Series 2, Company Publications, 1939-1982, consists of annual reports and company newsletters. Copies of News and Views (1968-1982) the company’s monthly newsletter, Scope (1959), another company newsletter, and Coffee Break (1978), a company newsletter for employees, are included.
Series 3, Advertising Record, 1923-1982, contains advertisements for medical products made by Norwich Eaton for public consumption, many with attached order sheets, rebates, and offers of prizes to dealers. Examples of advertised products include Furacin, Asogen, Paracin, Unguentine (an antiseptic ointment used to treat skin burns, cuts, and scratches), Necta Sweet, Chloraseptic Pepto-Bismol, and various vitamins. Furacin is synthesized from the pentose sugar of oat hulls. Furacin has been prepared for the prophylaxis or treatment of bacterial surface infection and was tested by Eaton bacteriologists for its antibacterial characteristics. Other products developed include Asogen (an amino acid-based aluminum compound) developed for peptic ulcer and hyperchlorihydria, and Paracin (a combination of DDT and benzocaine) developed to treat the most common parasites which attack the human body.
The advertising records include brochures, pamphlets, point of purchase ads, letters, broadsides, order forms, newspaper advertisements, public outreach event advertisements, advertising packets, veterinary products, questionnaires, catalogs, reports to stockholders, death notices, and postcards. The ads are both color and black-and-white and were aimed at druggists who could sell their products.
Series 4, Trade Literature, 1900-1980, undated, consists of correspondence between Norwich Eaton executives and heavy industrial equipment producers. It includes pamphlets and brochures, drawings, and trade literature that detail various aspects of the pharmaceutical industry. Many of these materials contain proposals by companies hoping to sell Norwich Easton machinery for use in the production of pharmaceutical products. Two folders contain miscellaneous trade literature about new machinery for factories. Among the topics are: air filters, thermostats, chainless conveyors, package filling machines.
Series 5, Batch Records, 1920s-1940s , consists of 5” x 7” order slips detailing product tests. A batch record follows a batch of a certain pharmaceutical product. Information contained in a batch record includes the quantity of ingredients, both active and inactive, and the quantities of each material used in production. It is printed from a master formula card on a blue print card, and each batch record has a lot number recorded on it. This allowed quality control officials to follow the production of each batch of product easily. Much of the collection consists of batch records, finishing production orders, and package orders which detailed the testing, production, and formulae of various pharmaceutical products produced by Norwich Eaton from the 1920s to 1940s.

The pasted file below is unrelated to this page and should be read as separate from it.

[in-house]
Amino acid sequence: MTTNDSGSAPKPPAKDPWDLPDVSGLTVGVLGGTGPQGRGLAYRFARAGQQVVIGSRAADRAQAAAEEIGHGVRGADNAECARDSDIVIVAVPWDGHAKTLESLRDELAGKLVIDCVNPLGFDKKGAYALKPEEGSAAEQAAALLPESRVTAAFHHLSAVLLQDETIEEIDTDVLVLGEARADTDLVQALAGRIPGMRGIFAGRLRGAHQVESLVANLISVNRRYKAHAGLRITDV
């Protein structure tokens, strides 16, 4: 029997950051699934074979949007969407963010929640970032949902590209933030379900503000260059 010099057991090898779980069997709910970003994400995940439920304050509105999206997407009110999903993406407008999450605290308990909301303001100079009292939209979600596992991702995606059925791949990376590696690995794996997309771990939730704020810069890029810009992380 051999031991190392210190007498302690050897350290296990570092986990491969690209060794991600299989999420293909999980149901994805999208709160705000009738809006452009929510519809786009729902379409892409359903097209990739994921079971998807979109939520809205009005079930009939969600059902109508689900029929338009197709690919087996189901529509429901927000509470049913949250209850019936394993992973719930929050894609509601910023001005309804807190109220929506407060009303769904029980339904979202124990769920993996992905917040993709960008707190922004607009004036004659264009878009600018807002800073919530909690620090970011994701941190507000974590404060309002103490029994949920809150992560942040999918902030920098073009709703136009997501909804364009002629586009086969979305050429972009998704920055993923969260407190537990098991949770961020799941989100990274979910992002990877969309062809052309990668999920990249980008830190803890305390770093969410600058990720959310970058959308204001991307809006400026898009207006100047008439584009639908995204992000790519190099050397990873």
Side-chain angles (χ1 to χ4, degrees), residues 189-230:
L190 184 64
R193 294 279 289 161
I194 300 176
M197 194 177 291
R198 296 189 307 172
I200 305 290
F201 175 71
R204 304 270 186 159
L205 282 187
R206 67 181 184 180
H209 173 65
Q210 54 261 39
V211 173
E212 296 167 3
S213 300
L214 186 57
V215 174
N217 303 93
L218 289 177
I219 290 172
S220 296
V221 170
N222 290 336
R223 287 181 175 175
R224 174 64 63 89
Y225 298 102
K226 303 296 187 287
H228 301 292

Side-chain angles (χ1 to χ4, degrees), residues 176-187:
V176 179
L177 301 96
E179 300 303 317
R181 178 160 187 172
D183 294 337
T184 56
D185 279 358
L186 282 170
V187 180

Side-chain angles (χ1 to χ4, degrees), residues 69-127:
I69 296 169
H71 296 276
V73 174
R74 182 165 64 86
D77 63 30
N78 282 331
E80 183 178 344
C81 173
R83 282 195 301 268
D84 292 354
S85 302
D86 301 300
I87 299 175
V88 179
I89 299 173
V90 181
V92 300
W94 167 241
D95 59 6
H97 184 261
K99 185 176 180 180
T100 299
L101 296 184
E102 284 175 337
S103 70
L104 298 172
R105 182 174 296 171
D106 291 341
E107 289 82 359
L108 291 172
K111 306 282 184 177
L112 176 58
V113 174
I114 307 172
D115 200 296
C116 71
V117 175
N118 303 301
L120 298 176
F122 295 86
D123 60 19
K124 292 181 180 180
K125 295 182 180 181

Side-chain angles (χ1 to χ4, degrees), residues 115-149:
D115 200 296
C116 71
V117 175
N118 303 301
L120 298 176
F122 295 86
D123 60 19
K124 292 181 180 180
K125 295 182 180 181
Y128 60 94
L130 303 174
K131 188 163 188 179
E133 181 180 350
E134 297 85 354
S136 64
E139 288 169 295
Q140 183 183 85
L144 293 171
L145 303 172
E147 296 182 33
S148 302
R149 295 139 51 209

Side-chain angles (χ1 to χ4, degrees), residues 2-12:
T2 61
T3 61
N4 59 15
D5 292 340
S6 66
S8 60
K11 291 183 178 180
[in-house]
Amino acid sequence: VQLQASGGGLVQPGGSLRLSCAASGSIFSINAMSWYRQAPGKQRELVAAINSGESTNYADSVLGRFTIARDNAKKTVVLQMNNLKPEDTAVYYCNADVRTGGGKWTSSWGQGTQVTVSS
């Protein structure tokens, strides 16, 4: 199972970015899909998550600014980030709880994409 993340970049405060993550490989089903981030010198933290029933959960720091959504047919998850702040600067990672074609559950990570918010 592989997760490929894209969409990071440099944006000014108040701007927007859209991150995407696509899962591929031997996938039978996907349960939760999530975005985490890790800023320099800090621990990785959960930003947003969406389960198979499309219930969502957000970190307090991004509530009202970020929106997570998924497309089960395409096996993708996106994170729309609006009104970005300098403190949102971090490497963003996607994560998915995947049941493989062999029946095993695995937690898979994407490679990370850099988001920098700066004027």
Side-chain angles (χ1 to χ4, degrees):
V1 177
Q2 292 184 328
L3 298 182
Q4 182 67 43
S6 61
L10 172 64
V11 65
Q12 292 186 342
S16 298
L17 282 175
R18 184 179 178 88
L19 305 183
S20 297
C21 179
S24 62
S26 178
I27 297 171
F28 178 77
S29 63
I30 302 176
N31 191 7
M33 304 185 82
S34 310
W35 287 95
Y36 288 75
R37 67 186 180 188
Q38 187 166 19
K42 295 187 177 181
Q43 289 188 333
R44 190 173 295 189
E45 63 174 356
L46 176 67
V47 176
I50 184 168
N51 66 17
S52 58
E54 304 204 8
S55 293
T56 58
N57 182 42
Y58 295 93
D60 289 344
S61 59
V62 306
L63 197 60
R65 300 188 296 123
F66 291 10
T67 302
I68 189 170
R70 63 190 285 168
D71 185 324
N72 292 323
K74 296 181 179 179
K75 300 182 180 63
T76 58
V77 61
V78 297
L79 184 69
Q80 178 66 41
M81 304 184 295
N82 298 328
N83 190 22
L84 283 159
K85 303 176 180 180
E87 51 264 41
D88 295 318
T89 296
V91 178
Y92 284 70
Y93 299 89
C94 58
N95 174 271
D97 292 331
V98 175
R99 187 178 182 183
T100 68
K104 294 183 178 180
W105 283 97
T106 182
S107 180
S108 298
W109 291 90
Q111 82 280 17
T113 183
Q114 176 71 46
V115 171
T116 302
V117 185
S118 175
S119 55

In response to several injuries and deaths caused by taking tainted pharmaceutical products, many companies including Norwich Eaton, initiated quality control measures in the early 1940s. In partnership with the Food and Drug Administration (FDA), the companies too measures that included batch records, finishing production orders, and package orders, and carefully followed manufacture and packaging procedures. If discrepancies occurred, these would be noted and allow the company time to dispose of potentially dangerous materials before they reached the American public for consumption.
Series 6, Finishing Production Orders, 1920s-1940s , consists of 5” x 7” cards with information about the product. Each card includes the order number, the quantity of product produced, the intended use of the product (e.g. cough suppressant in young children), production completion date, signatures of employees who accepted the product labels and packaged the products, and a stamp on the back listing the active and inactive ingredients of the product.
Series 7, Package Orders, 1920s-1940s , consists of 5” x 7” order cards detailing requisitions for the quality of materials to be delivered to the finishing department. Each order had a control number and was signed by company inspectors in the labeling department. This ensured the accuracy of the labeling operation.
Acquisition Information: In February, 1986 Norwich Eaton Pharmaceuticals, Inc. donated pharmaceutical products, manufacturing records, and advertising materials to the Division Medical Sciences, now known as the Division of Medicine and Science.
Custodial History: On April 7, 1989, publications and advertising material were transferred to Archives Center from the Division of Medicine and Science.
Related Archival Materials: The Division of Medicine and Science still retains manufacturing records (1921-1950), photographs (1920-1970s), and twelve catalogues and price lists (1906-1932).